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Supreme Court leaves in place Title 42 border policy for now

The Trump-era policy allows quick expulsion of migrants from U.S. borders without the chance to seek asylum

The Supreme Court said Dec. 27 that a pandemic-era border restriction known as Title 42 will remain in effect for the time being. (Video: Reuters)

The Supreme Court on Tuesday blocked the Biden administration’s plans to end a pandemic-era policy allowing the quick expulsion of migrants from U.S. borders without the opportunity to seek asylum, as officials warned of a crisis along the southern border.

A federal judge had ruled that the Trump-era policy, known as Title 42, should expire last week, but the court’s action extends a pause Chief Justice John G. Roberts Jr. imposed to give the high court more time to weigh the issue.

In Tuesday’s order, five conservative justices sided with Republican officials in 19 states, including Texas and Arizona, who sought to maintain Title 42, which has been used to expel migrants more than 2 million times since it was implemented in March 2020.

In effect, the Supreme Court’s action keeps the status quo in place by blocking the district judge’s order until the court can consider the dispute in late February. But the court said it will consider only whether the objecting states have the legal standing to intervene.

While the majority did not provide reasoning, which is common in emergency requests, dissenting Justice Neil M. Gorsuch said the order would “effectively require the federal government to continue enforcing the Title 42 orders indefinitely.” He suggested that the majority was buying time in hopes the political branches would reach a compromise.

It is the latest example of the escalating legal and political battles among the Biden administration, immigration advocates, and Republican officials in states along the border and elsewhere who say they bear the brunt of illegal crossings. Texas Gov. Greg Abbott (R) last week sent busloads of migrants to be dropped off in freezing temperatures outside Vice President Harris’s residence.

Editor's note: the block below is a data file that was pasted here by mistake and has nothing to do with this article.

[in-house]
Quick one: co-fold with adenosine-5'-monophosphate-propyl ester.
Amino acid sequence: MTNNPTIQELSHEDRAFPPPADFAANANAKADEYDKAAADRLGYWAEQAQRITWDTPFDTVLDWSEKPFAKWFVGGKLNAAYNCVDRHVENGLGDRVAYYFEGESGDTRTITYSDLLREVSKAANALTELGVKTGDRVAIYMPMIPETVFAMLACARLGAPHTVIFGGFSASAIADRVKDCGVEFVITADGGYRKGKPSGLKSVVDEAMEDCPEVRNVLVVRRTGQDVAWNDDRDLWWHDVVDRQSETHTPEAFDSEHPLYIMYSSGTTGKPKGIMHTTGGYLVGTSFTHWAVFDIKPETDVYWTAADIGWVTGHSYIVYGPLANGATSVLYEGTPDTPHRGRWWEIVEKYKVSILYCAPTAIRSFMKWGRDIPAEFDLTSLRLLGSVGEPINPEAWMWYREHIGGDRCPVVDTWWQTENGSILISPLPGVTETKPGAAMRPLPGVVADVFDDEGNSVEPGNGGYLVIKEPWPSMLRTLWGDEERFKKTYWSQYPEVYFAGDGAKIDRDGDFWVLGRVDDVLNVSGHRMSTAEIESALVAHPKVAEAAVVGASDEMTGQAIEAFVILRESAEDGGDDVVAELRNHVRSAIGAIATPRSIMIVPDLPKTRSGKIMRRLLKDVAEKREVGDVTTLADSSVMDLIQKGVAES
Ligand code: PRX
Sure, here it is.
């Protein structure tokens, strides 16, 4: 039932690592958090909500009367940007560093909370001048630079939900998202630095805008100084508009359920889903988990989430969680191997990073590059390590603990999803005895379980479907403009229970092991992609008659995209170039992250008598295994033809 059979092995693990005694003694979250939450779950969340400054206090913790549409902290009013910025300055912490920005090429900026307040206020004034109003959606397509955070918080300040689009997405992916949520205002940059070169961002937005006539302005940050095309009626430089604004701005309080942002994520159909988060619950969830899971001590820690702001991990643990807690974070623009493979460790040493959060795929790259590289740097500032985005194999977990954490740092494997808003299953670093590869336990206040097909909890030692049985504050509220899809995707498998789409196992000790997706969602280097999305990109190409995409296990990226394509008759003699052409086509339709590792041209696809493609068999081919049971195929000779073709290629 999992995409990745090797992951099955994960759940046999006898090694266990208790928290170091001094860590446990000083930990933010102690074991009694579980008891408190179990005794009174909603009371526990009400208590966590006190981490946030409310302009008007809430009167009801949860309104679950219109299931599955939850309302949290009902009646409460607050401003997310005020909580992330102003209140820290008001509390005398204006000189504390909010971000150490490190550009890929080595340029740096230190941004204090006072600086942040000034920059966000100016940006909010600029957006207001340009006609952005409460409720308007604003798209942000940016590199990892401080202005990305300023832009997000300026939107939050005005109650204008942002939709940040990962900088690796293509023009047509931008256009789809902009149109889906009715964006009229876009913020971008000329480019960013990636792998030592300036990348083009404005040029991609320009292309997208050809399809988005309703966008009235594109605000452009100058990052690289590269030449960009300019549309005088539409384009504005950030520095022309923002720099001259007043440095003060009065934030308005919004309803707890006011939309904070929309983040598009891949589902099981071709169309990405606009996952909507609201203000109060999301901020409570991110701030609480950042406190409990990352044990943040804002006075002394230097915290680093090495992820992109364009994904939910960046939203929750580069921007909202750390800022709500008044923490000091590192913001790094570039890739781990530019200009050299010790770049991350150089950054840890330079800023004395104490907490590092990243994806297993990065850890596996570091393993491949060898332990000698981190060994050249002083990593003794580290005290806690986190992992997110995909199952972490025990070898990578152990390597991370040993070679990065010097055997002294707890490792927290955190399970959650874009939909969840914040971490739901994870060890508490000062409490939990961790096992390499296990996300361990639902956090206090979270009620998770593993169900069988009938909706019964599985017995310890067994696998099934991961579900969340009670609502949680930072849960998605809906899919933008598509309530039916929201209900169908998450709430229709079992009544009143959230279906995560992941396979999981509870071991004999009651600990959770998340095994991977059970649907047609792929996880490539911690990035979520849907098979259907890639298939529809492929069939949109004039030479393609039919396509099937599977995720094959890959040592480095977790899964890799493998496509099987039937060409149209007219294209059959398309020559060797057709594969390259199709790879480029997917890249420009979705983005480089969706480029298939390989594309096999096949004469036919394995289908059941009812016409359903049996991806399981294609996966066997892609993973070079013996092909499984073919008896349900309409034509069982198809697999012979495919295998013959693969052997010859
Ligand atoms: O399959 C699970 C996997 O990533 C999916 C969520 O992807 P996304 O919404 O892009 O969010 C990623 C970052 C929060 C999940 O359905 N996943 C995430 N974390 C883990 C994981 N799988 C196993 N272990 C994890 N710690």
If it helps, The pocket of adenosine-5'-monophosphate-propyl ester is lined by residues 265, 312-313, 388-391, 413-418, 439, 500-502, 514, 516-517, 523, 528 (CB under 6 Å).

White House press secretary Karine Jean-Pierre said the administration will comply with the Supreme Court’s action but added that “Title 42 is a public health measure, not an immigration enforcement measure, and it should not be extended indefinitely.”

She called for Republicans in Congress to “move past political finger-pointing and join their Democratic colleagues in solving the challenge at our border by passing the comprehensive reform measures and delivering the additional funds for border security that President Biden has requested.”

Abbott, meanwhile, tweeted that “Texas is stepping up while the Biden Admin fails to do its job. Texas National Guard is adding more barriers with razor wire & stationing humvees along the border to stop illegal crossings.”

An immigration lawyer explains why advocates hope the law will be allowed to expire, and why others think it’s critical to addressing a crisis at the border. (Video: Rich Matthews/The Washington Post)

The court’s order was unsigned, but the court’s three liberal justices, along with the conservative Gorsuch, objected.

Gorsuch wrote that he did not doubt the states’ argument that there was a crisis at the border but that the legal issue in front of the court was not the way to solve it.

“The current border crisis is not a COVID crisis,” Gorsuch wrote. “And courts should not be in the business of perpetuating administrative edicts designed for one emergency only because elected officials have failed to address a different emergency. We are a court of law, not policymakers of last resort.”

Gorsuch’s statement in the emergency matter was joined by liberal Justice Ketanji Brown Jackson. Justices Sonia Sotomayor and Elena Kagan noted that they would have turned down the request from the states but did not give their reasoning.

Those notations mean that the majority was composed of Roberts and Justices Clarence Thomas, Samuel A. Alito Jr., Brett M. Kavanaugh and Amy Coney Barrett. They did not provide a reasoning for extending the stay of the lower court’s order.

The Biden administration has said that ending the policy will restore existing federal laws designed to punish and quickly deport migrants who cross the border illegally and to protect those with legitimate asylum cases. That system is more effective, officials have said, particularly for adults traveling without children, since Title 42 merely pushes people to the other side of the border to try again.